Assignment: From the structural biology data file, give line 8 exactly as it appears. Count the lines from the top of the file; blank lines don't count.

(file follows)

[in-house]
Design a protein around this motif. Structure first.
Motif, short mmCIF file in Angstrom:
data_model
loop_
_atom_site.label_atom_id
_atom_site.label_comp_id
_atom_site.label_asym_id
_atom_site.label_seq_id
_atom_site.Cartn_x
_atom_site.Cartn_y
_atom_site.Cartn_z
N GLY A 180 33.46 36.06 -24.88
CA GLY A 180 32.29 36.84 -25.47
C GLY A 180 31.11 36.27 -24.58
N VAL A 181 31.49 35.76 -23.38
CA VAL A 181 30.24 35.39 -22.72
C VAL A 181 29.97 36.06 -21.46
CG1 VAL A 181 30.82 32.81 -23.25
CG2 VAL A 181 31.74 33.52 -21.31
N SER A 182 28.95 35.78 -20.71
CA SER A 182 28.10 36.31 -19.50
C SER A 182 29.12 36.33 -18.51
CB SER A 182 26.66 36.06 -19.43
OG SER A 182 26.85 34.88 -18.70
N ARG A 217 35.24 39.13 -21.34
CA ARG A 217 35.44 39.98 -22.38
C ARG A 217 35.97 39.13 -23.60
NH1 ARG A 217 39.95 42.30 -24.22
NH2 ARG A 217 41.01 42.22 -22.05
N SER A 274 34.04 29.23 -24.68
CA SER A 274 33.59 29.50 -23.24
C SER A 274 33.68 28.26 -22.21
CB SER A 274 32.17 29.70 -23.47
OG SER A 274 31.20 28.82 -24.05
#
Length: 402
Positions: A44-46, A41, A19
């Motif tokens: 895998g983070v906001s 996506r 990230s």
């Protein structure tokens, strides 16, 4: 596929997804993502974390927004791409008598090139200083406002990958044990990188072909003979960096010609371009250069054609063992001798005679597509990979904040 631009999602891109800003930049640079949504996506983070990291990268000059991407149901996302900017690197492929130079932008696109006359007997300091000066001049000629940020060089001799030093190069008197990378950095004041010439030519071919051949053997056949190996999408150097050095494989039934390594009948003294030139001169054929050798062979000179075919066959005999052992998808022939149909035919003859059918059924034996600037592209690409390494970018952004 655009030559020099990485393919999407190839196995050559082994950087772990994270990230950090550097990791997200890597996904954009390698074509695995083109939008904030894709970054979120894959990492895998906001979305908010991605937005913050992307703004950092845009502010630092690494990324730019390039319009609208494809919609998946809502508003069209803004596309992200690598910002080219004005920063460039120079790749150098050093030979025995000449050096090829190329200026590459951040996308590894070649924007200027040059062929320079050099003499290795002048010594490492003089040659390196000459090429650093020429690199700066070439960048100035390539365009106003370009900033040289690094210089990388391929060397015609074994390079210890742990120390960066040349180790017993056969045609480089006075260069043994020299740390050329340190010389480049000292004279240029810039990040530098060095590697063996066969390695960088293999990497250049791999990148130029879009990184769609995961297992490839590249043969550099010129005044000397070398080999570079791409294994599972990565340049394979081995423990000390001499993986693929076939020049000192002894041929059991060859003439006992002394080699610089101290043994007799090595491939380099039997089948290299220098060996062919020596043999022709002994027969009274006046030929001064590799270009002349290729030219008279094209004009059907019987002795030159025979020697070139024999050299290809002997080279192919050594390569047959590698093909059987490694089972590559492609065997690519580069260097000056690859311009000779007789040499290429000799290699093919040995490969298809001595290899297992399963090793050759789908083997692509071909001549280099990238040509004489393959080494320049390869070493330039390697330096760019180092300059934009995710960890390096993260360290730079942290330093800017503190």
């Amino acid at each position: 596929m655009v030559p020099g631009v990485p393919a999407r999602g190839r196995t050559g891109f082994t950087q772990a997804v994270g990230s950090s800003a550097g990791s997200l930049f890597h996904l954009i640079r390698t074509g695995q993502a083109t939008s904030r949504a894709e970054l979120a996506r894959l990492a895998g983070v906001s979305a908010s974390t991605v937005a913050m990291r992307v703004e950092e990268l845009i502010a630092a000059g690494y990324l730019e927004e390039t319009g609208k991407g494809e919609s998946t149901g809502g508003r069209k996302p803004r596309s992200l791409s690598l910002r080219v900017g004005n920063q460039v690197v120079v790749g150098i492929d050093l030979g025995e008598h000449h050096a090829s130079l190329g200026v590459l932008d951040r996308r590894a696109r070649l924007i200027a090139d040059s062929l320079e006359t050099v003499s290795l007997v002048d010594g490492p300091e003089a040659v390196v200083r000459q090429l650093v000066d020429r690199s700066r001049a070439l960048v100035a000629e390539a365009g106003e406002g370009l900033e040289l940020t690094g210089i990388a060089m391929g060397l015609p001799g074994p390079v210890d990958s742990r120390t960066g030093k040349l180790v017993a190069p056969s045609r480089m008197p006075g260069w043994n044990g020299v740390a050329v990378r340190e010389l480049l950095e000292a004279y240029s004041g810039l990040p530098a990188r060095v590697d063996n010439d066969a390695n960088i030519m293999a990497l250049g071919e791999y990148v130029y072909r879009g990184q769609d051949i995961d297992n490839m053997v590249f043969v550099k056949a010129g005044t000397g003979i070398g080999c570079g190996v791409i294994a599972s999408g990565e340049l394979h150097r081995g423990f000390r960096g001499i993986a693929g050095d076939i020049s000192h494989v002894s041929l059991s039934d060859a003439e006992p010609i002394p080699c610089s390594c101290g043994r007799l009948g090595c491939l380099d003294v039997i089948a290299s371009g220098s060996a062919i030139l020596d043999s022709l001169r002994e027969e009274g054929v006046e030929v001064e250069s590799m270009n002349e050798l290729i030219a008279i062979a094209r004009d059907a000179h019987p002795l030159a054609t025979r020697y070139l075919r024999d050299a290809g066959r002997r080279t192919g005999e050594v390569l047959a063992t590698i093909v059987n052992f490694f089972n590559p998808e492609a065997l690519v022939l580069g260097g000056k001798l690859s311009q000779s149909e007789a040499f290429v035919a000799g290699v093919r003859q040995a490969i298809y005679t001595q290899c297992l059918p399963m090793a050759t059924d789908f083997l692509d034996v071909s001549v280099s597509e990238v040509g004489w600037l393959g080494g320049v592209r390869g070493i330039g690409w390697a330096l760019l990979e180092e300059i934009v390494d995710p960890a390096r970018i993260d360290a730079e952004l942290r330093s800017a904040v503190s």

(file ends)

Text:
_atom_site.label_asym_id